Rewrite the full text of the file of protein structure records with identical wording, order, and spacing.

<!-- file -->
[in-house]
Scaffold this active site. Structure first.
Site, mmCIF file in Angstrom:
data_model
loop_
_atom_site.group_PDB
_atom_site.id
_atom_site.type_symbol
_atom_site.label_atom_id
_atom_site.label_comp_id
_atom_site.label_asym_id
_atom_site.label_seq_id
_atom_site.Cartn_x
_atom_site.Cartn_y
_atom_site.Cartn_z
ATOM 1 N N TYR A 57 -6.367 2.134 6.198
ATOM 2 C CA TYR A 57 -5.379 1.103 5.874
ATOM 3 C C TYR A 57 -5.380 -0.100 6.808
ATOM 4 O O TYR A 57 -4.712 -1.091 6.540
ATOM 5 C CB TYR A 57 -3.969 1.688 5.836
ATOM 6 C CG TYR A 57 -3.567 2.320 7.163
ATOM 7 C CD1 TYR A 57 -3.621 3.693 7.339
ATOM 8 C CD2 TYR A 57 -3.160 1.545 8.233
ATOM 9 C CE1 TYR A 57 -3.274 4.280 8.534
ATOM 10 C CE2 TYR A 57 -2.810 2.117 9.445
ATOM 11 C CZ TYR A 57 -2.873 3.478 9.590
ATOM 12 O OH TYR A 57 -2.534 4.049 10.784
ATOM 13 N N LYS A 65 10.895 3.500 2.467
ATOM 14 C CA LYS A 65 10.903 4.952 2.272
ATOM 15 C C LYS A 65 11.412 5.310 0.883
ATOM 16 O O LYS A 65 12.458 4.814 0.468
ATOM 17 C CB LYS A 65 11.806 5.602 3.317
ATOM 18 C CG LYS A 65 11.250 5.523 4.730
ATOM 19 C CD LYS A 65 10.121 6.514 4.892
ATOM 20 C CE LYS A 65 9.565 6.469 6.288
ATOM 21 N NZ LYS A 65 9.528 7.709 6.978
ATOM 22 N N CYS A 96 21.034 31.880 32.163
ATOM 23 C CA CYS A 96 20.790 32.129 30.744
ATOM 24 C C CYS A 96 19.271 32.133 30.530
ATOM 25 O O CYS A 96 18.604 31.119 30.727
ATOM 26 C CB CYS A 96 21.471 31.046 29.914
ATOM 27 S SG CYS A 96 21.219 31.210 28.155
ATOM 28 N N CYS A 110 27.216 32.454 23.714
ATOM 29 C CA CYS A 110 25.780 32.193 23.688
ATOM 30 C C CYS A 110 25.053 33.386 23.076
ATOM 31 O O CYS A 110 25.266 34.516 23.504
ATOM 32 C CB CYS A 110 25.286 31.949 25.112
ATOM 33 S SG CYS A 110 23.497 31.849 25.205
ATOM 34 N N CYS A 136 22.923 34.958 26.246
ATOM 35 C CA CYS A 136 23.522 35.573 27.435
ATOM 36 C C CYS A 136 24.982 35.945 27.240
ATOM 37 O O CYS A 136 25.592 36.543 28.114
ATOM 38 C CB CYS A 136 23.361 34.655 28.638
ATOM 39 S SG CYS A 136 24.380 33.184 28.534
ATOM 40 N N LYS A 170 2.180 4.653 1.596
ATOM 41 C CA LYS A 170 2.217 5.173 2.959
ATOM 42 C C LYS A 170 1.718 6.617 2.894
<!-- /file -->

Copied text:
[in-house]
Scaffold this active site. Structure first.
Site, mmCIF file in Angstrom:
data_model
loop_
_atom_site.group_PDB
_atom_site.id
_atom_site.type_symbol
_atom_site.label_atom_id
_atom_site.label_comp_id
_atom_site.label_asym_id
_atom_site.label_seq_id
_atom_site.Cartn_x
_atom_site.Cartn_y
_atom_site.Cartn_z
ATOM 1 N N TYR A 57 -6.367 2.134 6.198
ATOM 2 C CA TYR A 57 -5.379 1.103 5.874
ATOM 3 C C TYR A 57 -5.380 -0.100 6.808
ATOM 4 O O TYR A 57 -4.712 -1.091 6.540
ATOM 5 C CB TYR A 57 -3.969 1.688 5.836
ATOM 6 C CG TYR A 57 -3.567 2.320 7.163
ATOM 7 C CD1 TYR A 57 -3.621 3.693 7.339
ATOM 8 C CD2 TYR A 57 -3.160 1.545 8.233
ATOM 9 C CE1 TYR A 57 -3.274 4.280 8.534
ATOM 10 C CE2 TYR A 57 -2.810 2.117 9.445
ATOM 11 C CZ TYR A 57 -2.873 3.478 9.590
ATOM 12 O OH TYR A 57 -2.534 4.049 10.784
ATOM 13 N N LYS A 65 10.895 3.500 2.467
ATOM 14 C CA LYS A 65 10.903 4.952 2.272
ATOM 15 C C LYS A 65 11.412 5.310 0.883
ATOM 16 O O LYS A 65 12.458 4.814 0.468
ATOM 17 C CB LYS A 65 11.806 5.602 3.317
ATOM 18 C CG LYS A 65 11.250 5.523 4.730
ATOM 19 C CD LYS A 65 10.121 6.514 4.892
ATOM 20 C CE LYS A 65 9.565 6.469 6.288
ATOM 21 N NZ LYS A 65 9.528 7.709 6.978
ATOM 22 N N CYS A 96 21.034 31.880 32.163
ATOM 23 C CA CYS A 96 20.790 32.129 30.744
ATOM 24 C C CYS A 96 19.271 32.133 30.530
ATOM 25 O O CYS A 96 18.604 31.119 30.727
ATOM 26 C CB CYS A 96 21.471 31.046 29.914
ATOM 27 S SG CYS A 96 21.219 31.210 28.155
ATOM 28 N N CYS A 110 27.216 32.454 23.714
ATOM 29 C CA CYS A 110 25.780 32.193 23.688
ATOM 30 C C CYS A 110 25.053 33.386 23.076
ATOM 31 O O CYS A 110 25.266 34.516 23.504
ATOM 32 C CB CYS A 110 25.286 31.949 25.112
ATOM 33 S SG CYS A 110 23.497 31.849 25.205
ATOM 34 N N CYS A 136 22.923 34.958 26.246
ATOM 35 C CA CYS A 136 23.522 35.573 27.435
ATOM 36 C C CYS A 136 24.982 35.945 27.240
ATOM 37 O O CYS A 136 25.592 36.543 28.114
ATOM 38 C CB CYS A 136 23.361 34.655 28.638
ATOM 39 S SG CYS A 136 24.380 33.184 28.534
ATOM 40 N N LYS A 170 2.180 4.653 1.596
ATOM 41 C CA LYS A 170 2.217 5.173 2.959
ATOM 42 C C LYS A 170 1.718 6.617 2.894